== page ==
University of Michigan’s First Annual IR Symposium
The Michigan Department of Radiology hosted its first medical student IR Symposium on August 13, 2016 at the Samuel and Jean Frankel Cardiovascular Center, thanks to the coordinated efforts of faculty, residents, and medical students. A total of 76 medical students representing over 15 regional, national and even international medical schools attended the symposium. Attendees had the opportunity to network with IR physicians and learn about IR through a diverse assortment of lectures and hands-on sessions.
Exposure to IR during medical school is limited. Consequently, few medical students understand the scope of IR practice and the various ways in which IR physicians participate in patient care. In order to educate medical students about the specialty of IR, the department organized a diverse series of 15-minute talks for the symposium. Opening presentations, including a Welcome from the Chairman Dr. Reed Dunnick and Dr. Wael Saad, IR Division Director, documented the innovative history of IR and the University of Michigan. Next, ten case-based lectures highlighted the breadth of diseases and medical conditions treated by IR physicians within the University of Michigan Health System.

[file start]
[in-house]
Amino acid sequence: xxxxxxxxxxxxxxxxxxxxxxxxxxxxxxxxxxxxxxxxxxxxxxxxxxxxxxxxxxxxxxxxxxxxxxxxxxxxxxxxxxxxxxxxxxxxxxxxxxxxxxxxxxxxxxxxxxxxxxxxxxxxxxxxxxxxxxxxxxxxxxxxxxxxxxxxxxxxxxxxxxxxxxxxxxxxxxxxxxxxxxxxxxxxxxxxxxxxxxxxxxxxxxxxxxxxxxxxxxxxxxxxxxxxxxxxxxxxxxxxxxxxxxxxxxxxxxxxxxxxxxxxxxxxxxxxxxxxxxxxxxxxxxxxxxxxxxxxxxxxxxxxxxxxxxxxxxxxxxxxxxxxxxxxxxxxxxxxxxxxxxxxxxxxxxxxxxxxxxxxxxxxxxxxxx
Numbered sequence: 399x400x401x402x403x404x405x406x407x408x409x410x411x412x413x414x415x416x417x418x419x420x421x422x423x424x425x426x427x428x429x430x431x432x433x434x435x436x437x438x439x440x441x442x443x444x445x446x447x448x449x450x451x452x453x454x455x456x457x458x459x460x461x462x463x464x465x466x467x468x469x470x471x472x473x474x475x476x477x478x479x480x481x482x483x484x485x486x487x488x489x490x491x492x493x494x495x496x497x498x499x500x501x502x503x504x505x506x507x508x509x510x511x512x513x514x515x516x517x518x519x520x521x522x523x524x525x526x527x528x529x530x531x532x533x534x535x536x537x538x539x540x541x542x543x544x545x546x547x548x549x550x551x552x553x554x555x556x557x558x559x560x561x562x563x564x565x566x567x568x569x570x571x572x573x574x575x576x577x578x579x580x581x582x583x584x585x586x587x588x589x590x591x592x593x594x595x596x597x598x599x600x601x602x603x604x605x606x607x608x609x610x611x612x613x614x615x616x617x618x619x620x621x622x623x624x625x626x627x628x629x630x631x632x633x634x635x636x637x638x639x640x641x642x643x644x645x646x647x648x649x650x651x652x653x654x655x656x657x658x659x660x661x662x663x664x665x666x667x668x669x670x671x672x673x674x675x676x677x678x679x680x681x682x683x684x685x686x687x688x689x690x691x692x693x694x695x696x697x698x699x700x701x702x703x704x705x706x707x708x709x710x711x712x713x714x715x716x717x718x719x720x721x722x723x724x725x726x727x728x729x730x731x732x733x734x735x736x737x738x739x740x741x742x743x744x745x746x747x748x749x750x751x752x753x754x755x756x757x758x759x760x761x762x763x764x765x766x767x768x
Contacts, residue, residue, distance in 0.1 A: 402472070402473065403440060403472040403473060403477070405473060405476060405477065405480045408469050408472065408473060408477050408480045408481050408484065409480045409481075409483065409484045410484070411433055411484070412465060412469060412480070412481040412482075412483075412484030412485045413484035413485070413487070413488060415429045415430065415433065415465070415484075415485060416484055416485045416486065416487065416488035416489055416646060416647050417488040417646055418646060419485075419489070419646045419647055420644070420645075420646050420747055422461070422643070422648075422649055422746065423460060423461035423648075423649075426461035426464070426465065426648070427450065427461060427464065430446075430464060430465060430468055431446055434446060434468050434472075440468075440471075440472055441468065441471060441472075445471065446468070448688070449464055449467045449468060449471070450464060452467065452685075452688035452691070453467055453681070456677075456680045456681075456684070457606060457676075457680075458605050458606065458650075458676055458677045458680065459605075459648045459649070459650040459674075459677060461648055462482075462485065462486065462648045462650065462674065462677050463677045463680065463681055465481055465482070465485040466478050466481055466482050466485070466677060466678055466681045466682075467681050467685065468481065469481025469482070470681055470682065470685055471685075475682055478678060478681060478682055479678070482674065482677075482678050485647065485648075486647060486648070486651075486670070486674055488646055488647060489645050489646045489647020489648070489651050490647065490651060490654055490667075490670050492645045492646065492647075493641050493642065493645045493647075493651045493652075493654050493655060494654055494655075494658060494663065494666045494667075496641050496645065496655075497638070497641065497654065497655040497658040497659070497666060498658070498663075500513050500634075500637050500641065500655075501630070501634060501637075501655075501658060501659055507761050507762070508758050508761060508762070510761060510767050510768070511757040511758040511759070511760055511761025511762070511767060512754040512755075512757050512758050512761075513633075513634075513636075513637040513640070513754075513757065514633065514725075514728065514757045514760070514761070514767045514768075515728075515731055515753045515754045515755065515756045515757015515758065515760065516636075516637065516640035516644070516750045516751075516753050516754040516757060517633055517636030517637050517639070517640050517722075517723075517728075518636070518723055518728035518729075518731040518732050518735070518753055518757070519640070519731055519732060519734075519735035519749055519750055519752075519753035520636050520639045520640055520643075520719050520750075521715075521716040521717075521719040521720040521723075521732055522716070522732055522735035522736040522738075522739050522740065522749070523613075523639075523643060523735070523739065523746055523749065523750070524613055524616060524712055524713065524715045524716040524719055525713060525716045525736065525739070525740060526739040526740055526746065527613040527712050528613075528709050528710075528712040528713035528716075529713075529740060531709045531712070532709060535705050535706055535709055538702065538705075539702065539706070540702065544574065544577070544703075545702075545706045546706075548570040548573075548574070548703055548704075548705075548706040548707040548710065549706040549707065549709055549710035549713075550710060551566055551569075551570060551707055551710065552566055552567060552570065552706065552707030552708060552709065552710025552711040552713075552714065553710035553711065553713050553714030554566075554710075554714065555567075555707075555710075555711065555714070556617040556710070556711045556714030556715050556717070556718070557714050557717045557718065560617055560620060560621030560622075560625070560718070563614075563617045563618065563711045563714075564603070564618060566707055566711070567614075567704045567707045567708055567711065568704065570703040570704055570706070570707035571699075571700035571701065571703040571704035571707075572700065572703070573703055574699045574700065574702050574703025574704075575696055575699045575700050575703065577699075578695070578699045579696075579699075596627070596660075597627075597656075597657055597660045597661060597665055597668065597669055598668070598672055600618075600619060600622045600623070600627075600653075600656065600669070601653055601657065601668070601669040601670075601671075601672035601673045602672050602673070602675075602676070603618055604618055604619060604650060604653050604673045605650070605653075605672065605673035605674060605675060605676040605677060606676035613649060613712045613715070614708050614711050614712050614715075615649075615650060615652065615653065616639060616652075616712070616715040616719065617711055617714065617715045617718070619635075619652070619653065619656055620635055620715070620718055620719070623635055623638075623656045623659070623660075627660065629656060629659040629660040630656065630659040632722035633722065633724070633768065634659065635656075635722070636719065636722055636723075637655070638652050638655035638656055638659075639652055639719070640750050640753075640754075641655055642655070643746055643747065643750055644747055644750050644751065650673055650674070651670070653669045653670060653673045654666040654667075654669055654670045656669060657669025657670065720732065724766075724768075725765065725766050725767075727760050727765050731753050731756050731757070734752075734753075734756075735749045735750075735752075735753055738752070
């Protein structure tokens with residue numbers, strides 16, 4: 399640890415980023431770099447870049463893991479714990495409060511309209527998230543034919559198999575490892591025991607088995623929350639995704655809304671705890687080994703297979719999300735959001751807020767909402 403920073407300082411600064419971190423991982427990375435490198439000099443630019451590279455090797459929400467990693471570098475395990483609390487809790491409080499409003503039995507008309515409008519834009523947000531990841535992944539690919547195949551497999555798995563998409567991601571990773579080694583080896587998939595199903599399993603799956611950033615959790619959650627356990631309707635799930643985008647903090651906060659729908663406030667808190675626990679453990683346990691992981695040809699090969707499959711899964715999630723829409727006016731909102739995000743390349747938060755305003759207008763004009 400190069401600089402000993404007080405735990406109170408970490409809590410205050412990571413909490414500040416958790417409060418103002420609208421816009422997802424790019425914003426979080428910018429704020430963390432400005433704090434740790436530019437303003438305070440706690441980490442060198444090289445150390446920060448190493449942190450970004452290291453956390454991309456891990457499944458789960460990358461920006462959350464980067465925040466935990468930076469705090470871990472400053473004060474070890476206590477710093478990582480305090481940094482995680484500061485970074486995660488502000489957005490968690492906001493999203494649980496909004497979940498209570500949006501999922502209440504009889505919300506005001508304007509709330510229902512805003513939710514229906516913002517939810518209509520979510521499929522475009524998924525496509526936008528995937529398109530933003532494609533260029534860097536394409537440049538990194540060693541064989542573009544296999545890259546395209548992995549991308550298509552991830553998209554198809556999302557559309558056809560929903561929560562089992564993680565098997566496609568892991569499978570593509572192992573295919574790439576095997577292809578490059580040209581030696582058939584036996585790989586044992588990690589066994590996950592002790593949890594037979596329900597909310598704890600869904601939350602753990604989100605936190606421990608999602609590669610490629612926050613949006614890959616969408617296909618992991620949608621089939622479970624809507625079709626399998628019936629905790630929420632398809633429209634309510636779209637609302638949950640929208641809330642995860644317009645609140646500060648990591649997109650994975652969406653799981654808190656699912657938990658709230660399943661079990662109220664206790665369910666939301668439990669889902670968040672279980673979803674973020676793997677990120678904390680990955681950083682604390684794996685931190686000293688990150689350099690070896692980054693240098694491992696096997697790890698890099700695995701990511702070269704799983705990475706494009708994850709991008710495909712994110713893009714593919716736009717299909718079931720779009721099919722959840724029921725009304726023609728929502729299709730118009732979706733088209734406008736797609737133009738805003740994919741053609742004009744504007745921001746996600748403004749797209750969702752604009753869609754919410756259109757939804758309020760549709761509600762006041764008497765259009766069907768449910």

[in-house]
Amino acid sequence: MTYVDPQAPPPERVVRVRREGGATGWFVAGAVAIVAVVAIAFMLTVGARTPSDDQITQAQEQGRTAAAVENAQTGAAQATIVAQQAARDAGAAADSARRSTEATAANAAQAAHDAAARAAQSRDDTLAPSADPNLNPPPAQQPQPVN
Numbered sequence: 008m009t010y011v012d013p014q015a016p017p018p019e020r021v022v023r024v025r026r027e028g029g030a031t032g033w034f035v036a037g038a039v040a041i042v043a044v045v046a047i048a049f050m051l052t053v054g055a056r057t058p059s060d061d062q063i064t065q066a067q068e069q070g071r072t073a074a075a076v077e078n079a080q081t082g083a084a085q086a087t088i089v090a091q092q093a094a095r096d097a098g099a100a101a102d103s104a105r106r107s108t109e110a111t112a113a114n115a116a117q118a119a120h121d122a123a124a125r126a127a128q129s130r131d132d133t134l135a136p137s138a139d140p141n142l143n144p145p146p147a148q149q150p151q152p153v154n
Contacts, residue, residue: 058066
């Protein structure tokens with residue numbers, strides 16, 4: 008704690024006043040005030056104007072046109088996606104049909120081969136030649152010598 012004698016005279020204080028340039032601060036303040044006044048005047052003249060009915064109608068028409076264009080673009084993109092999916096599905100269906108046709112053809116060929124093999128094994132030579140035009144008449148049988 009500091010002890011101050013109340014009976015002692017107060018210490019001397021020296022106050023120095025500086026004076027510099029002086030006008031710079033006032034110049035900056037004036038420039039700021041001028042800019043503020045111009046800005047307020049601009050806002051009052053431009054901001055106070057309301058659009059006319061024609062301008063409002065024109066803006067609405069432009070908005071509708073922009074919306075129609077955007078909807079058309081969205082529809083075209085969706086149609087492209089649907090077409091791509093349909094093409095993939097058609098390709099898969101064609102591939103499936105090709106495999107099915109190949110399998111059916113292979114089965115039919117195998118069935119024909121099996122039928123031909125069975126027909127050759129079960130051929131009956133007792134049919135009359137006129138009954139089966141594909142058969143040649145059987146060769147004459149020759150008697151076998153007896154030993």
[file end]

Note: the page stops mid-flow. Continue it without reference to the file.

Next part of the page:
In addition to a variety of case-based talks, the symposium included time for attendees to network and learn about IR Residency training, including alternative pathways. Drs. Minhaj Khaja & Janet Bailey, Program Directors for Michigan’s IR Residency program, spoke about the evolution of IR training and the curriculum for Michigan’s IR Residency. Additionally, current IR residents answered student questions and provided insights for being a competitive applicant when applying to IR Residency.
Following the lectures and Q&A sessions, attendees had the opportunity to participate in several hands-on workshops. The workshops included observation and handling of catheters, stents, and IVC filters. Students were intrigued by the variety of materials used to make stents and questioned why one type of stent would be preferred to another. Furthermore, ultrasound biopsy models and aortic stent-graft simulators enabled students to practice IR techniques with guidance from IR residents and faculty. In addition, attendees had the option of touring the IR clinics and vascular and interventional angiography suites.
The Michigan IR team was pleased with the turnout of its inaugural Medical Student Symposium. The Department plans to continue the Medical Student Symposium annually and may consider coordinating a national event in the future. We would love to collaborate with other institutions who have also coordinated IR Symposiums as we move forward.